How We Do It: AAC Training for Educational Assistants
We’ve been focusing on training communication partners recently and today we’re focusing specifically on paraprofessionals/educational assistants. Our guest post is authored by SLPs Corinna Duffitt, M.Sc., RSLP (practicing for 21 years, 14 years in AAC) and Jennifer Wiegert, M.A., CCC-RSLP (practicing for 21 years, focusing on AAC for the past 6 years). They are colleagues on an AAC team with 4 other SLPs in a large school district in Surrey, BC, Canada. Their school district consists of 101 elementary schools and 20 secondary schools. Corinna and Jennifer are both passionate about giving children a voice and letting that voice uncovers their potential. They recently joined their private practice endeavours, outside of their public school positions, to form Chickadee AAC Communication Services. You can find them on Instagram (@chickadeeaacslps or #chickadeeaac), check in on their website, and/or follow them on Facebook.
AAC Training for Educational Assistants
Some of the challenges we encountered
In our day-to-day role as speech-language pathologists specializing in AAC, we travel to schools within our zones to provide consultation services. We meet with our students and the Educational Assistants (EAs) who support them. The EAs have a wide range of skills and knowledge relating to AAC. There are those wonderful individuals who believe in their students and provide scaffolds and supports that allow their students’ potential to emerge; there are those who believe their student is capable of more but who do not have the tools or knowledge to elicit those skills from their students; and there are those who believe their “non-verbal student really wants to just talk and does not need this device”. Some of the comments from EAs that we hear when we visit schools include:
- “I just tell him what to do, it takes too long to say it with the talker.”
- “She can talk and besides, I already know what she wants.”
- “I don’t think he needs an AAC device so I haven’t been using it.”
- “It’s complicated, there are way too many buttons, can you make it simpler?”
- “She randomly hits buttons over and over and has no idea what they mean.”
- “She doesn’t know what those symbols mean so I just tell her what we are doing.”
- “He understands everything we say he’s just choosing not to listen.”
- “Well, bathroom is on the visual schedule so she doesn’t need to ask for it.”
- “The talker is just one more thing to carry around; I already have my hands full with the visual cues.”
Solutions within the School District
With large caseloads and many EAs and students to support, our AAC SLP team has worked hard to generate some solutions to build capacity among staff and to provide more consistent support for our students with complex communication needs. Some of the positive steps that we have implemented district-wide over the past 5-7 years have included the following:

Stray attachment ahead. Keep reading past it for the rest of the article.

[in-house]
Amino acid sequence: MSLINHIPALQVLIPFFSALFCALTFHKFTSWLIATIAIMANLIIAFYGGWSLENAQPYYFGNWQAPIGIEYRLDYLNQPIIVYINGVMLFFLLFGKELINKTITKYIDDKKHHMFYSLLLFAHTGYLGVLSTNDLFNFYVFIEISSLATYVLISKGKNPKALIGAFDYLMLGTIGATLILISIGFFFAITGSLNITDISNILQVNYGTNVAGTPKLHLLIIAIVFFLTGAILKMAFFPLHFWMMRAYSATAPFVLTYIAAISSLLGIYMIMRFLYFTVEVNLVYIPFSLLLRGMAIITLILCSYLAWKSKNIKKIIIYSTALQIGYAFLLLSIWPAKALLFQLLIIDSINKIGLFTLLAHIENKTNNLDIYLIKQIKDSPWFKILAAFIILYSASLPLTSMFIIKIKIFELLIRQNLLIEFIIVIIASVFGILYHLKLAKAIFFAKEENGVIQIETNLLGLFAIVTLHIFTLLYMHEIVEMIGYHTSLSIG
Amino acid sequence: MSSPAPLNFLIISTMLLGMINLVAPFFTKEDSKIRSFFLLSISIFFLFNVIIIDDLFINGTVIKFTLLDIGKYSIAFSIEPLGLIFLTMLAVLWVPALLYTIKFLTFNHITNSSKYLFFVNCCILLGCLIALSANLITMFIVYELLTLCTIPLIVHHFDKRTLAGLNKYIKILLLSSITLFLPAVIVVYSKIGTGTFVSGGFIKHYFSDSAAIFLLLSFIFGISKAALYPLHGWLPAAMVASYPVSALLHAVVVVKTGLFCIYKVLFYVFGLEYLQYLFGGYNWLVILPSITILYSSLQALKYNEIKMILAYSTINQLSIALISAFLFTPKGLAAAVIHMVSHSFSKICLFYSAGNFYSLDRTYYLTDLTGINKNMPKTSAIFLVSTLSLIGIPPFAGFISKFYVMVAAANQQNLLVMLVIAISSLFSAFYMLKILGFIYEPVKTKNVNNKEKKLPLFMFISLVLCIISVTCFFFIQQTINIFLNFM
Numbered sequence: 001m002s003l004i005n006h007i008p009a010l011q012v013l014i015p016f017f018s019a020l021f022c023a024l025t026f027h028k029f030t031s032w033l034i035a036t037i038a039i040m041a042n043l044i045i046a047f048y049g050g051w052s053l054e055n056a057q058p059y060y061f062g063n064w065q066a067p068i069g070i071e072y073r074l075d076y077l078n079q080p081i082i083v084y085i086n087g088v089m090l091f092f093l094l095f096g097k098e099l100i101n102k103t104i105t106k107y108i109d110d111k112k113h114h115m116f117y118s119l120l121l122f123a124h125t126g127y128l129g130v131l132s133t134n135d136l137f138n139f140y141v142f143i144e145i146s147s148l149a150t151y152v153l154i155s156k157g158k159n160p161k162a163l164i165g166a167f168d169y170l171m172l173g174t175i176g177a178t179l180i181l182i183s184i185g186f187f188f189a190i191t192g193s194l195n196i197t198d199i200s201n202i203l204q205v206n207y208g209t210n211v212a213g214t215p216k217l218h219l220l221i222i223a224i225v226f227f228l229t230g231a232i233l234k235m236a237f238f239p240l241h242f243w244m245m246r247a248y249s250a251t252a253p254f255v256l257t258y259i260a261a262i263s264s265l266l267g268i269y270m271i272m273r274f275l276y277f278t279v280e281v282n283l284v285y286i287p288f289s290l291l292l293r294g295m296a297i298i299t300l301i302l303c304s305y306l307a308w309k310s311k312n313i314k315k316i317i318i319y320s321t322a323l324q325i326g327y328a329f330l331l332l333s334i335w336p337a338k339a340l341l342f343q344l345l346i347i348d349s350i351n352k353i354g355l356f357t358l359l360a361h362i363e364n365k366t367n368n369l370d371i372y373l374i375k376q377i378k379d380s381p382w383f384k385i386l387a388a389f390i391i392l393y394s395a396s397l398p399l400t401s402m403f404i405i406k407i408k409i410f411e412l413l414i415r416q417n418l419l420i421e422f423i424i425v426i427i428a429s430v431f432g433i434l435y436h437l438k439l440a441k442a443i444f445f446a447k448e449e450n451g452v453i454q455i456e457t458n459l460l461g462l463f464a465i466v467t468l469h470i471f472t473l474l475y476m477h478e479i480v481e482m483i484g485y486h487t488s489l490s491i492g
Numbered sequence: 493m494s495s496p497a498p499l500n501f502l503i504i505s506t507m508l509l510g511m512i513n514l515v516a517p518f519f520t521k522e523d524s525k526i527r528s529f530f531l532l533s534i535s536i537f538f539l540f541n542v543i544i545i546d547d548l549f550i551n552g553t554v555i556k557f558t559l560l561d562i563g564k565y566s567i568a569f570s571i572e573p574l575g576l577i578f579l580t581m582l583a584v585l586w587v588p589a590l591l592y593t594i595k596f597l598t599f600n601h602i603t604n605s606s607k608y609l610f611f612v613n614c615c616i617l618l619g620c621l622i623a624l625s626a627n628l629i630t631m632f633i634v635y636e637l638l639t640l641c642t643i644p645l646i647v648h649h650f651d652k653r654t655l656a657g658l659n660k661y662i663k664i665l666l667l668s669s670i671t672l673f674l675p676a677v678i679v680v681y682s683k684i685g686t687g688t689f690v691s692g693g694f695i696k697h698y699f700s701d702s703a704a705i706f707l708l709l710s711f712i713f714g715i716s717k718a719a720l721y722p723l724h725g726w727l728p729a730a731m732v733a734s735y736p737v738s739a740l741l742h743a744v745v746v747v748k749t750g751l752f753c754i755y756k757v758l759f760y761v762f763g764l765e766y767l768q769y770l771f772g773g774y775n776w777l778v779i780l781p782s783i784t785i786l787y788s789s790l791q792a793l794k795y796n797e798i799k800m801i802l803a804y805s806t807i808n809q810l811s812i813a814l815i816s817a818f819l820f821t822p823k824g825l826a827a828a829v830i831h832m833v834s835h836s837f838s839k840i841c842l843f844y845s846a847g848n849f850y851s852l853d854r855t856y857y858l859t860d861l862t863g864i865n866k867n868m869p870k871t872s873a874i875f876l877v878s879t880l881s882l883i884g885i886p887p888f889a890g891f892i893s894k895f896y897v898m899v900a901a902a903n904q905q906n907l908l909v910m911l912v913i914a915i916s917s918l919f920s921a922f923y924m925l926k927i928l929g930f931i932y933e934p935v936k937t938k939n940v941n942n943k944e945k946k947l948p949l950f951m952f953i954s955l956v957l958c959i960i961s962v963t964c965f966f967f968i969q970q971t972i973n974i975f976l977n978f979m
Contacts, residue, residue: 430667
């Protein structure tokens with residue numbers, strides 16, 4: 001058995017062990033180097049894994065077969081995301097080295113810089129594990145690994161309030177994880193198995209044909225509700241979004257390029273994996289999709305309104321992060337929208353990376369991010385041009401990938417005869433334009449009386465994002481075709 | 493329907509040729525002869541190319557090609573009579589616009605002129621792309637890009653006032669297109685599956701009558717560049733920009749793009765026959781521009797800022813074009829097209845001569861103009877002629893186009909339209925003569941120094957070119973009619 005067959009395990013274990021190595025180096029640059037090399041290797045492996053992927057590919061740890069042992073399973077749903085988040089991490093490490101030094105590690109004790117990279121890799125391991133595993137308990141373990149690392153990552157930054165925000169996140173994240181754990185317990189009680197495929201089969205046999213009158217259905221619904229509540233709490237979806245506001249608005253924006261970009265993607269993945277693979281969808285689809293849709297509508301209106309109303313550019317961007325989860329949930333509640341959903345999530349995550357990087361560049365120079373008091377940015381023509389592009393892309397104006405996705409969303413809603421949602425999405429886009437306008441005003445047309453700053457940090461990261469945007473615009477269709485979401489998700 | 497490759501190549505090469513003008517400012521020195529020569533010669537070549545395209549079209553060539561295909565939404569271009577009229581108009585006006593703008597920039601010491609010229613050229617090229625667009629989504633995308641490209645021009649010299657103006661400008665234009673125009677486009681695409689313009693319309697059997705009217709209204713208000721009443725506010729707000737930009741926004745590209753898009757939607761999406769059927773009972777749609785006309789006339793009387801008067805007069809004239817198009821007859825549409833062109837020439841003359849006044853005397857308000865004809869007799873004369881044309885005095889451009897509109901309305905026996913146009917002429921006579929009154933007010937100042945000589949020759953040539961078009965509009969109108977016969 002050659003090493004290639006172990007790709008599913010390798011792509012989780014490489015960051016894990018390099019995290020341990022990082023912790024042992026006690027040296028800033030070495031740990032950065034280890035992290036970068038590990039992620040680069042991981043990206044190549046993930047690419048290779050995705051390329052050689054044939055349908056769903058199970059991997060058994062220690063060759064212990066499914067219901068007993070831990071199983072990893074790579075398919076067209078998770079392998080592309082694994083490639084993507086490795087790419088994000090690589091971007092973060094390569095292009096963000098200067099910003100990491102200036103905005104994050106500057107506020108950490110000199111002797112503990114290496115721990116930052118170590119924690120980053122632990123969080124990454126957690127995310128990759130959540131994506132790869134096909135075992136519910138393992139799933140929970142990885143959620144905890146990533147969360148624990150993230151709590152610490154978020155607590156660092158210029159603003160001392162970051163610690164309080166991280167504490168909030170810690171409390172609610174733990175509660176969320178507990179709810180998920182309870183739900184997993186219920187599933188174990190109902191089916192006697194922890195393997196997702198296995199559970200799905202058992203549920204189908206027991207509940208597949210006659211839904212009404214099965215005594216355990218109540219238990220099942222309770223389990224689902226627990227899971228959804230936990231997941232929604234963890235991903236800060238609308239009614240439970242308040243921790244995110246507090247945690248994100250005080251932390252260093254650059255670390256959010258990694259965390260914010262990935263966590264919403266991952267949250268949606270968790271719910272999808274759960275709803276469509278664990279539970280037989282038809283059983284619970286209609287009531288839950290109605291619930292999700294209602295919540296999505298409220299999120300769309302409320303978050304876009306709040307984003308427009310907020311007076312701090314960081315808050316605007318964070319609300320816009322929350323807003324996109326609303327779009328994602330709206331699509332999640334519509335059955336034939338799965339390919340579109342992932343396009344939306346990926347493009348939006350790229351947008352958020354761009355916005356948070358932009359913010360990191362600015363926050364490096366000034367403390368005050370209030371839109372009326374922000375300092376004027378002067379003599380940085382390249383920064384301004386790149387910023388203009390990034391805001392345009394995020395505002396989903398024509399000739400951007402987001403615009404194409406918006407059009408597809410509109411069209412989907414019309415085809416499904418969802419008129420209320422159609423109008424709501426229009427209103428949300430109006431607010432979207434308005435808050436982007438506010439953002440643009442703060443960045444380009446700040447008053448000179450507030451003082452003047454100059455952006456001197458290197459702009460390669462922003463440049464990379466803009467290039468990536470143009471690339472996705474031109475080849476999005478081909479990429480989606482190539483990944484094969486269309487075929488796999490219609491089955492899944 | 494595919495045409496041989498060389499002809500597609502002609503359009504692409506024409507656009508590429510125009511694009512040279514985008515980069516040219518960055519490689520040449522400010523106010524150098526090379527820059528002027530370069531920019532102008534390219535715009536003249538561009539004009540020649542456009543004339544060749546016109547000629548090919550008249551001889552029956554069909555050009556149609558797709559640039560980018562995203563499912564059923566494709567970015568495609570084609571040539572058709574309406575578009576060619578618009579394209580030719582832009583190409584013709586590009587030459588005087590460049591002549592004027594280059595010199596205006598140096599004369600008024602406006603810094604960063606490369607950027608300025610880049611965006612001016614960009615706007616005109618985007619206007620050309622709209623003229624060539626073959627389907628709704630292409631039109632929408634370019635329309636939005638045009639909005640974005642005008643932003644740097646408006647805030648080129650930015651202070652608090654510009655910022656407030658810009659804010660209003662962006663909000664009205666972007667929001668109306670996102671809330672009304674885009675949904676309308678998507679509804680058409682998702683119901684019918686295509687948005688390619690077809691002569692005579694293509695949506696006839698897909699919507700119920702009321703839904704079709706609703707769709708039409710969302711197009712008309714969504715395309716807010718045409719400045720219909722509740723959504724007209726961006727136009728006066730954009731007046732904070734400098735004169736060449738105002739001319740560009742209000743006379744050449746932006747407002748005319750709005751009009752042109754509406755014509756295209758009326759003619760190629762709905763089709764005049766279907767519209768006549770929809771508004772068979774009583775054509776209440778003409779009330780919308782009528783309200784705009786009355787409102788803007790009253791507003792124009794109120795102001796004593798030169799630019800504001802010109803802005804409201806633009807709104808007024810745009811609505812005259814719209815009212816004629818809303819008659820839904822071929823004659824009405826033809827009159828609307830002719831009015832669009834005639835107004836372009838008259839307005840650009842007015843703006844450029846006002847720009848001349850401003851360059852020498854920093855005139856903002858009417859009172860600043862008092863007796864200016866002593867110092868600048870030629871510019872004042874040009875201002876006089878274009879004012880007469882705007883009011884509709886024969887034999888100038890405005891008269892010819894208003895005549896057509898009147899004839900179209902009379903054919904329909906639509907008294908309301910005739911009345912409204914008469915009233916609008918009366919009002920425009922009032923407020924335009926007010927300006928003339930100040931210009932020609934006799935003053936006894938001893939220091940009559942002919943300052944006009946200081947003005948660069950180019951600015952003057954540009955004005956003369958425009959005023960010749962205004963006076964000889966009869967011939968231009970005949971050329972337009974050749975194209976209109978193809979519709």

- A standard set of visual supports and schedules across the school district (verbal direction ring, first/then pocket, countdown strip, and visual schedule) so that the picture symbols and strategies used with students are consistent across all environments by all support staff. All staff attends training in proper implementation.
- We present AAC workshops for Educational Assistants and Integration Support Teachers during almost every pro-D day across the district. These workshops focus on the basics of AAC, programming, implementation strategies, adapting materials, and planning for AAC across the day.
- After attending the Roll Out the Core presentation by Kelly Key and Deidre Dobbels at Closing the Gap 2015, our department implemented a Word of the Week program district-wide. This provides our EAs with specific and manageable goals to focus on while supporting students who have AAC systems.
Solutions within Educational Assistant College programs
In our private practice role with Chickadee AAC, we began to explore Educational Assistant programs in some local colleges. We learned that some programs offered AAC as part of an AT module – however they were not taught by an SLP with experience in AAC or the content was not up to date with best practice. We felt that this had to change. Outside of their families, the students often spend most of their time with educational assistants. The EAs are often with the students for 6 hours, 5 days a week – that’s a lot of time for modeling! What if we could train the EAs in the area of AAC? We approached several colleges and outlined a program that we thought would target all of our areas of concern. After some discussion, we developed an AAC module for Educational Assistant students at two different colleges. We provide the instruction, which includes a combination of lecture, homework assignments, and hands-on activities using visual supports and AAC devices. Our current AAC modules are 12 hours and 20 hours long with between 25-60 students per cohort.